Cloud has been around long enough, and we’ve had enough breaches stemming from unsecured cloud (mostly data objects, but other items, too) that we should know better. I cringe whenever I see a security headline along the lines of “… Unsecured S3 Bucket.” Would you publicly expose a server in your data center and not lock it down? No.
So, what is the problem? Frankly, “cloud” now consists of so many separate-but-integrated offerings that it can be daunting, even improbable, for security staff to lock it down. Add in dozens or even hundreds of instances/storage locations/routers, and you have a separate data center with different requirements—at least, that’s what it essentially is for your security team. Then add agile and DevOps, spinning up new infrastructure and changing the parts at a rapid pace, and you have a fast-moving, complex data center environment. Yet, if you are a typical organization, your security staffing hasn’t significantly changed, nor do you have requirements for securing the physical infrastructure. In short, same group of individuals, a ton more work to do.
Before it was purchased by VMware, I had the pleasure of working with CloudCoreo, and truly liked what I saw. The problem in highly automated environments, be they DevOps or just automated, is that a lot of parts are moving as the system is maintained/updated. Some of those parts are changing security settings in a complex (data center-size complex, in many cases) environment. For security teams to keep up and be part of DevOps—or just keep up with automation—quite often corners must be cut.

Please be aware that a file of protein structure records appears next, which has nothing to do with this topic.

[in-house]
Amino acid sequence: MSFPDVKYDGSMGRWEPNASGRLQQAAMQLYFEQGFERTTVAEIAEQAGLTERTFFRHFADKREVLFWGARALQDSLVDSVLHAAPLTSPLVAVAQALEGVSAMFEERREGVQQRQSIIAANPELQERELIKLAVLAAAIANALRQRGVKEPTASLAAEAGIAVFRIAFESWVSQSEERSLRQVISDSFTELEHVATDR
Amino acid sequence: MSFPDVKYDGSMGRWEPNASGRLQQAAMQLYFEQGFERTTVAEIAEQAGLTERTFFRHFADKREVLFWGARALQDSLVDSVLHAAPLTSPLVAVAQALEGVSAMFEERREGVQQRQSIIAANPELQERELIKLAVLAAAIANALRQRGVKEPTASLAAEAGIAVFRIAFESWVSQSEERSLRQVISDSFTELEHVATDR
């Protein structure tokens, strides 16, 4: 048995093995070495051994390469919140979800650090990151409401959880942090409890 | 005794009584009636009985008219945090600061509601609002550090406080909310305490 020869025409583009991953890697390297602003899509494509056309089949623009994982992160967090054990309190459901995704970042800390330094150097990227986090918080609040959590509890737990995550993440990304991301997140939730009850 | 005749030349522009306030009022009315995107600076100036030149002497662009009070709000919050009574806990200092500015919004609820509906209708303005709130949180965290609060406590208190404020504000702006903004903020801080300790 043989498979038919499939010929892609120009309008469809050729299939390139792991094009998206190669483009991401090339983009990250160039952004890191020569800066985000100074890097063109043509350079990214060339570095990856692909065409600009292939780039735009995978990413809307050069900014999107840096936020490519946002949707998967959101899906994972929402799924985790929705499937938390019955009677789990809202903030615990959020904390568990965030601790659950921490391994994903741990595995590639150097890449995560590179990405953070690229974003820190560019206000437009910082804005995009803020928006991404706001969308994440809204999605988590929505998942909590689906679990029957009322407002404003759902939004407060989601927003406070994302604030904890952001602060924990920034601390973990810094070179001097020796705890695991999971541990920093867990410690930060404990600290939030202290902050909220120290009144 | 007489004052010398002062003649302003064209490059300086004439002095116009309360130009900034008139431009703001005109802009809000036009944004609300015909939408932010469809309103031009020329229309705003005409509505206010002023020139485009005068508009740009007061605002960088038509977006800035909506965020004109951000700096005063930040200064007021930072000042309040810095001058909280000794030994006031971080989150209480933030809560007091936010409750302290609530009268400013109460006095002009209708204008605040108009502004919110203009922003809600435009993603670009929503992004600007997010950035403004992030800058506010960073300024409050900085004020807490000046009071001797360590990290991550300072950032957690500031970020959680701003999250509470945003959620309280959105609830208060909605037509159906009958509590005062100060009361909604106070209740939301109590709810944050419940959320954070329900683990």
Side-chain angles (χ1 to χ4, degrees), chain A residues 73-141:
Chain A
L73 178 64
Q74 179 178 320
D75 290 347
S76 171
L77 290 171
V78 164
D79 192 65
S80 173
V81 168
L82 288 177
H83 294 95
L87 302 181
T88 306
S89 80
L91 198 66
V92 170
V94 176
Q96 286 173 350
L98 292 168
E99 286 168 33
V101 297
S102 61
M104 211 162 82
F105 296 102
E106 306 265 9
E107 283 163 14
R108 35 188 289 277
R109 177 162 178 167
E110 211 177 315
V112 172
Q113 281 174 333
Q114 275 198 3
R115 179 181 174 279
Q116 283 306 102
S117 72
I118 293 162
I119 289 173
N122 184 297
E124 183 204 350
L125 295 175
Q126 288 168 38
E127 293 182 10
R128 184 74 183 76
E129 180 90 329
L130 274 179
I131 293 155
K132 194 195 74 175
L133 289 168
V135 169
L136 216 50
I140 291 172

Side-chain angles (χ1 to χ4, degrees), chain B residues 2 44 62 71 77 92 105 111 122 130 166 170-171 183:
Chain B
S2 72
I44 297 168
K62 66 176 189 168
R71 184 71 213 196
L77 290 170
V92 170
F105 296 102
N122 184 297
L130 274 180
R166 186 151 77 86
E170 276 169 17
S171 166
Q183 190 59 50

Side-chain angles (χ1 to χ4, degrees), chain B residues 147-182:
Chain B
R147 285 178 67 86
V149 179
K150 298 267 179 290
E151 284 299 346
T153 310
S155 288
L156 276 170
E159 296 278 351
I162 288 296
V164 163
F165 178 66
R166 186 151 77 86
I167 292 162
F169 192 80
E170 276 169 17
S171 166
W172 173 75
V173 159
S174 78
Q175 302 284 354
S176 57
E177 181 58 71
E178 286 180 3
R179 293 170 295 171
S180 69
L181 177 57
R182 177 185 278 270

That’s bad for all of us—security staff, the company and customers. If anything, when the cloud environment grows complex, security needs to be more cautious, not less. And yet, the number of data leaks/exploits that involve “misconfigured” security settings in the cloud says we have a problem.
So what to do? One option is to check out security control and auditing software from the likes of RightScale, Dome9 or Evident.io. (DISCLAIMER: I have not used any of these tools. They were chosen because each shares attributes with CloudCoreo, which I have used.)
The ability to scan and apply policy to a broad array of cloud artifacts—from users to back-end storage—is essential in allowing security to keep up with DevOps. There is just too much change in a fully automated cloud-based environment to expect security to keep up without the same level of tools as developers and ops get. “Shift left” doesn’t stop misconfigurations, but scanning can detect them, and some tools can even auto-fix those misconfigurations.
In the end, protecting systems and data is what the security team does. Bringing them along on the DevOps grand tour and offering them the same type of automation opportunities as the rest of IT is benefiting from is mandatory. It is not “would be nice to have” to give security the chance to keep up; it should be a requirement.
And you might still have rogue S3 buckets that security doesn’t know about that might be misconfigured, but any that are paid for by the corporation will be available to security and those automated tools and, thus, will be locked down.
And if security isn’t enough of a reason for you to want to implement one of these tools, “Come for the compliance, stay for the security.” Most solutions offer auditing that helps with compliance.